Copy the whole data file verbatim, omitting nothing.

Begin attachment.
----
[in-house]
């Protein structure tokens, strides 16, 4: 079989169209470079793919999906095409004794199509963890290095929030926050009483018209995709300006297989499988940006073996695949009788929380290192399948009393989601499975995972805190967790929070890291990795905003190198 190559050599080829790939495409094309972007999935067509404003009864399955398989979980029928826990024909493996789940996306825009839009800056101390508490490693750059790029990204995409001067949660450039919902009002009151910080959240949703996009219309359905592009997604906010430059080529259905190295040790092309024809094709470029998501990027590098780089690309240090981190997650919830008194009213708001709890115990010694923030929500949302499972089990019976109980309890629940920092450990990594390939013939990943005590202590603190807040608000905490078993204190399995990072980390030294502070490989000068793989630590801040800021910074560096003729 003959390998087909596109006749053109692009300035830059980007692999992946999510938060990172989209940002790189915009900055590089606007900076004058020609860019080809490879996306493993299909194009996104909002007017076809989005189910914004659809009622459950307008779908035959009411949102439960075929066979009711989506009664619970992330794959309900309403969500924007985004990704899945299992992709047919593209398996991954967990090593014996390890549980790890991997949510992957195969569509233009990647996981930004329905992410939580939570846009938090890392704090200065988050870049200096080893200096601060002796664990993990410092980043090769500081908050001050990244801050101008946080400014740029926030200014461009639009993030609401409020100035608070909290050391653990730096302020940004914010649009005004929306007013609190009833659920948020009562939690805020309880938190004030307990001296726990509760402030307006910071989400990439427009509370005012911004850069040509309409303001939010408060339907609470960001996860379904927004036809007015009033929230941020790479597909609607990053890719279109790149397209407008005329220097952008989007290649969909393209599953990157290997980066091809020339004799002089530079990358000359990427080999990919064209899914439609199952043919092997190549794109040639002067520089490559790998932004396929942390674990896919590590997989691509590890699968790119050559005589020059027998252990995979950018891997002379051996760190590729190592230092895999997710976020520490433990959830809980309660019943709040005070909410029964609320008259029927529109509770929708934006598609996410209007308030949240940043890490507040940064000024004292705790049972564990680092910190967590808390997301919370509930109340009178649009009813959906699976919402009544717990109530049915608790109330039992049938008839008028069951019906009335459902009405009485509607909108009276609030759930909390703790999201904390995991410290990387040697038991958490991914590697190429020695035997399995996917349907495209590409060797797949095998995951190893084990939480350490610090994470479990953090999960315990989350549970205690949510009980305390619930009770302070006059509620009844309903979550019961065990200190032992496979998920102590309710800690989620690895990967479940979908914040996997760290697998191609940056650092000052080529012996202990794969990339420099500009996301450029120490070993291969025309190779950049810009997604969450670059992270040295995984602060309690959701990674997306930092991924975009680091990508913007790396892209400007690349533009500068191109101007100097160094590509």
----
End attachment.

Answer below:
[in-house]
């Protein structure tokens, strides 16, 4: 079989169209470079793919999906095409004794199509963890290095929030926050009483018209995709300006297989499988940006073996695949009788929380290192399948009393989601499975995972805190967790929070890291990795905003190198 190559050599080829790939495409094309972007999935067509404003009864399955398989979980029928826990024909493996789940996306825009839009800056101390508490490693750059790029990204995409001067949660450039919902009002009151910080959240949703996009219309359905592009997604906010430059080529259905190295040790092309024809094709470029998501990027590098780089690309240090981190997650919830008194009213708001709890115990010694923030929500949302499972089990019976109980309890629940920092450990990594390939013939990943005590202590603190807040608000905490078993204190399995990072980390030294502070490989000068793989630590801040800021910074560096003729 003959390998087909596109006749053109692009300035830059980007692999992946999510938060990172989209940002790189915009900055590089606007900076004058020609860019080809490879996306493993299909194009996104909002007017076809989005189910914004659809009622459950307008779908035959009411949102439960075929066979009711989506009664619970992330794959309900309403969500924007985004990704899945299992992709047919593209398996991954967990090593014996390890549980790890991997949510992957195969569509233009990647996981930004329905992410939580939570846009938090890392704090200065988050870049200096080893200096601060002796664990993990410092980043090769500081908050001050990244801050101008946080400014740029926030200014461009639009993030609401409020100035608070909290050391653990730096302020940004914010649009005004929306007013609190009833659920948020009562939690805020309880938190004030307990001296726990509760402030307006910071989400990439427009509370005012911004850069040509309409303001939010408060339907609470960001996860379904927004036809007015009033929230941020790479597909609607990053890719279109790149397209407008005329220097952008989007290649969909393209599953990157290997980066091809020339004799002089530079990358000359990427080999990919064209899914439609199952043919092997190549794109040639002067520089490559790998932004396929942390674990896919590590997989691509590890699968790119050559005589020059027998252990995979950018891997002379051996760190590729190592230092895999997710976020520490433990959830809980309660019943709040005070909410029964609320008259029927529109509770929708934006598609996410209007308030949240940043890490507040940064000024004292705790049972564990680092910190967590808390997301919370509930109340009178649009009813959906699976919402009544717990109530049915608790109330039992049938008839008028069951019906009335459902009405009485509607909108009276609030759930909390703790999201904390995991410290990387040697038991958490991914590697190429020695035997399995996917349907495209590409060797797949095998995951190893084990939480350490610090994470479990953090999960315990989350549970205690949510009980305390619930009770302070006059509620009844309903979550019961065990200190032992496979998920102590309710800690989620690895990967479940979908914040996997760290697998191609940056650092000052080529012996202990794969990339420099500009996301450029120490070993291969025309190779950049810009997604969450670059992270040295995984602060309690959701990674997306930092991924975009680091990508913007790396892209400007690349533009500068191109101007100097160094590509």